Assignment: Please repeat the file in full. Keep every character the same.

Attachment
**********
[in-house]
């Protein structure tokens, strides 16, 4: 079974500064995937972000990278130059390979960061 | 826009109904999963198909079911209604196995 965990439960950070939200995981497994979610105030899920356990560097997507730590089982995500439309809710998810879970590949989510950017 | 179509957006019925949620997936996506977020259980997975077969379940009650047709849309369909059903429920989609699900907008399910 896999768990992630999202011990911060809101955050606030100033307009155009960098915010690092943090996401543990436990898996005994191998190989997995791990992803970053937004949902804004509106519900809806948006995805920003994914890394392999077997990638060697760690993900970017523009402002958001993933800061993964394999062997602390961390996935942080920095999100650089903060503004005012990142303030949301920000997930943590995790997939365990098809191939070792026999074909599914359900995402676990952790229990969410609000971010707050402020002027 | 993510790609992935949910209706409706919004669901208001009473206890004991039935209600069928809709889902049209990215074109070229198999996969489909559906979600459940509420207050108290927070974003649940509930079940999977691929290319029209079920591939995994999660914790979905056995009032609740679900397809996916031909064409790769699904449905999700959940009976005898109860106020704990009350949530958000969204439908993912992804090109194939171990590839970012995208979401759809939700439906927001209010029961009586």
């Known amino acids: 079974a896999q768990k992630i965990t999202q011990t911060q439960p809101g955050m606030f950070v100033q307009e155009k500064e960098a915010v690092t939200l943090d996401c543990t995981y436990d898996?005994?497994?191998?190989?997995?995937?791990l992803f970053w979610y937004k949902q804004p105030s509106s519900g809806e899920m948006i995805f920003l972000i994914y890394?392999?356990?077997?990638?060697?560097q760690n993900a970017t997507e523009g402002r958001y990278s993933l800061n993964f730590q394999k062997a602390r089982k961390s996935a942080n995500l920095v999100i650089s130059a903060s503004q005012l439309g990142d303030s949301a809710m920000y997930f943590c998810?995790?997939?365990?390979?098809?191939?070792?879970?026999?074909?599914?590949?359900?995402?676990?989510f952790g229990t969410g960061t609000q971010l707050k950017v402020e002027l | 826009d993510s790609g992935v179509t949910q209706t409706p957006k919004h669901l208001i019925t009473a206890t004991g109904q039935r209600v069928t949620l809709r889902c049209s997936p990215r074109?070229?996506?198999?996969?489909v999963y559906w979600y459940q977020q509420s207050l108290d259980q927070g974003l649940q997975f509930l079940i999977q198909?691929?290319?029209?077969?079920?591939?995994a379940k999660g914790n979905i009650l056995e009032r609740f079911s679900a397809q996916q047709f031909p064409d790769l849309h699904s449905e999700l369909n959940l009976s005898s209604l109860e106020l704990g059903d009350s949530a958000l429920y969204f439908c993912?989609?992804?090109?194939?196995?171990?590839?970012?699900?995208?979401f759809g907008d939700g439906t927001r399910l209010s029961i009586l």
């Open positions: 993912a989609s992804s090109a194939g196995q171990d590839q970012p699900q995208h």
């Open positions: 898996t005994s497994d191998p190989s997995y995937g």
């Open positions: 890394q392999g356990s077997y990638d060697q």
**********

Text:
[in-house]
């Protein structure tokens, strides 16, 4: 079974500064995937972000990278130059390979960061 | 826009109904999963198909079911209604196995 965990439960950070939200995981497994979610105030899920356990560097997507730590089982995500439309809710998810879970590949989510950017 | 179509957006019925949620997936996506977020259980997975077969379940009650047709849309369909059903429920989609699900907008399910 896999768990992630999202011990911060809101955050606030100033307009155009960098915010690092943090996401543990436990898996005994191998190989997995791990992803970053937004949902804004509106519900809806948006995805920003994914890394392999077997990638060697760690993900970017523009402002958001993933800061993964394999062997602390961390996935942080920095999100650089903060503004005012990142303030949301920000997930943590995790997939365990098809191939070792026999074909599914359900995402676990952790229990969410609000971010707050402020002027 | 993510790609992935949910209706409706919004669901208001009473206890004991039935209600069928809709889902049209990215074109070229198999996969489909559906979600459940509420207050108290927070974003649940509930079940999977691929290319029209079920591939995994999660914790979905056995009032609740679900397809996916031909064409790769699904449905999700959940009976005898109860106020704990009350949530958000969204439908993912992804090109194939171990590839970012995208979401759809939700439906927001209010029961009586």
């Known amino acids: 079974a896999q768990k992630i965990t999202q011990t911060q439960p809101g955050m606030f950070v100033q307009e155009k500064e960098a915010v690092t939200l943090d996401c543990t995981y436990d898996?005994?497994?191998?190989?997995?995937?791990l992803f970053w979610y937004k949902q804004p105030s509106s519900g809806e899920m948006i995805f920003l972000i994914y890394?392999?356990?077997?990638?060697?560097q760690n993900a970017t997507e523009g402002r958001y990278s993933l800061n993964f730590q394999k062997a602390r089982k961390s996935a942080n995500l920095v999100i650089s130059a903060s503004q005012l439309g990142d303030s949301a809710m920000y997930f943590c998810?995790?997939?365990?390979?098809?191939?070792?879970?026999?074909?599914?590949?359900?995402?676990?989510f952790g229990t969410g960061t609000q971010l707050k950017v402020e002027l | 826009d993510s790609g992935v179509t949910q209706t409706p957006k919004h669901l208001i019925t009473a206890t004991g109904q039935r209600v069928t949620l809709r889902c049209s997936p990215r074109?070229?996506?198999?996969?489909v999963y559906w979600y459940q977020q509420s207050l108290d259980q927070g974003l649940q997975f509930l079940i999977q198909?691929?290319?029209?077969?079920?591939?995994a379940k999660g914790n979905i009650l056995e009032r609740f079911s679900a397809q996916q047709f031909p064409d790769l849309h699904s449905e999700l369909n959940l009976s005898s209604l109860e106020l704990g059903d009350s949530a958000l429920y969204f439908c993912?989609?992804?090109?194939?196995?171990?590839?970012?699900?995208?979401f759809g907008d939700g439906t927001r399910l209010s029961i009586l």
């Open positions: 993912a989609s992804s090109a194939g196995q171990d590839q970012p699900q995208h």
């Open positions: 898996t005994s497994d191998p190989s997995y995937g």
């Open positions: 890394q392999g356990s077997y990638d060697q």